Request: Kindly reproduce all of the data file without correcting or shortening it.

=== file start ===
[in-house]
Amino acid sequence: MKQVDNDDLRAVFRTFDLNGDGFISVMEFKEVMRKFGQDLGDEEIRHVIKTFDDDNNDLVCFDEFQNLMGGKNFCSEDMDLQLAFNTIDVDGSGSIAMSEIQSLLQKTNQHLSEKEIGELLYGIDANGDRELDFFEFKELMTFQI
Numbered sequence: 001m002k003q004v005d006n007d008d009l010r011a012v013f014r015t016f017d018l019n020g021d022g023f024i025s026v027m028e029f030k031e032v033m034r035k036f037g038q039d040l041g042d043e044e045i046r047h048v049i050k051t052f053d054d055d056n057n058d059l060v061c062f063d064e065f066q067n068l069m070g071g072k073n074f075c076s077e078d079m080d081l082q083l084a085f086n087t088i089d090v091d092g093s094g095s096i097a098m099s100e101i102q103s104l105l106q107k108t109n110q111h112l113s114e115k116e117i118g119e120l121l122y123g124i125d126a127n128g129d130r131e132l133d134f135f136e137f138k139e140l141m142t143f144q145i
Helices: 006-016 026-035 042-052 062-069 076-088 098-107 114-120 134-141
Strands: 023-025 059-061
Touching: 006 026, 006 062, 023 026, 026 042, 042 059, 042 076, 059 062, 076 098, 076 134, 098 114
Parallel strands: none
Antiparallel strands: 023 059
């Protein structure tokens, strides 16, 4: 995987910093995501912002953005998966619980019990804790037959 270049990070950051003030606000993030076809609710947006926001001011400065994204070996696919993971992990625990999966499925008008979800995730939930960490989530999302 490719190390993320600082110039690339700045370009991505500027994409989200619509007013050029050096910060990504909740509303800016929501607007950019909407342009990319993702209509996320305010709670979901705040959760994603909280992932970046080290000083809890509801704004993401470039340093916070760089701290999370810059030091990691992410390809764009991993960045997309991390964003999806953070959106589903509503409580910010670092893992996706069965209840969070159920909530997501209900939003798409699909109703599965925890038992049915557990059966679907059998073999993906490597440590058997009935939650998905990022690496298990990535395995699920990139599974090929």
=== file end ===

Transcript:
[in-house]
Amino acid sequence: MKQVDNDDLRAVFRTFDLNGDGFISVMEFKEVMRKFGQDLGDEEIRHVIKTFDDDNNDLVCFDEFQNLMGGKNFCSEDMDLQLAFNTIDVDGSGSIAMSEIQSLLQKTNQHLSEKEIGELLYGIDANGDRELDFFEFKELMTFQI
Numbered sequence: 001m002k003q004v005d006n007d008d009l010r011a012v013f014r015t016f017d018l019n020g021d022g023f024i025s026v027m028e029f030k031e032v033m034r035k036f037g038q039d040l041g042d043e044e045i046r047h048v049i050k051t052f053d054d055d056n057n058d059l060v061c062f063d064e065f066q067n068l069m070g071g072k073n074f075c076s077e078d079m080d081l082q083l084a085f086n087t088i089d090v091d092g093s094g095s096i097a098m099s100e101i102q103s104l105l106q107k108t109n110q111h112l113s114e115k116e117i118g119e120l121l122y123g124i125d126a127n128g129d130r131e132l133d134f135f136e137f138k139e140l141m142t143f144q145i
Helices: 006-016 026-035 042-052 062-069 076-088 098-107 114-120 134-141
Strands: 023-025 059-061
Touching: 006 026, 006 062, 023 026, 026 042, 042 059, 042 076, 059 062, 076 098, 076 134, 098 114
Parallel strands: none
Antiparallel strands: 023 059
């Protein structure tokens, strides 16, 4: 995987910093995501912002953005998966619980019990804790037959 270049990070950051003030606000993030076809609710947006926001001011400065994204070996696919993971992990625990999966499925008008979800995730939930960490989530999302 490719190390993320600082110039690339700045370009991505500027994409989200619509007013050029050096910060990504909740509303800016929501607007950019909407342009990319993702209509996320305010709670979901705040959760994603909280992932970046080290000083809890509801704004993401470039340093916070760089701290999370810059030091990691992410390809764009991993960045997309991390964003999806953070959106589903509503409580910010670092893992996706069965209840969070159920909530997501209900939003798409699909109703599965925890038992049915557990059966679907059998073999993906490597440590058997009935939650998905990022690496298990990535395995699920990139599974090929």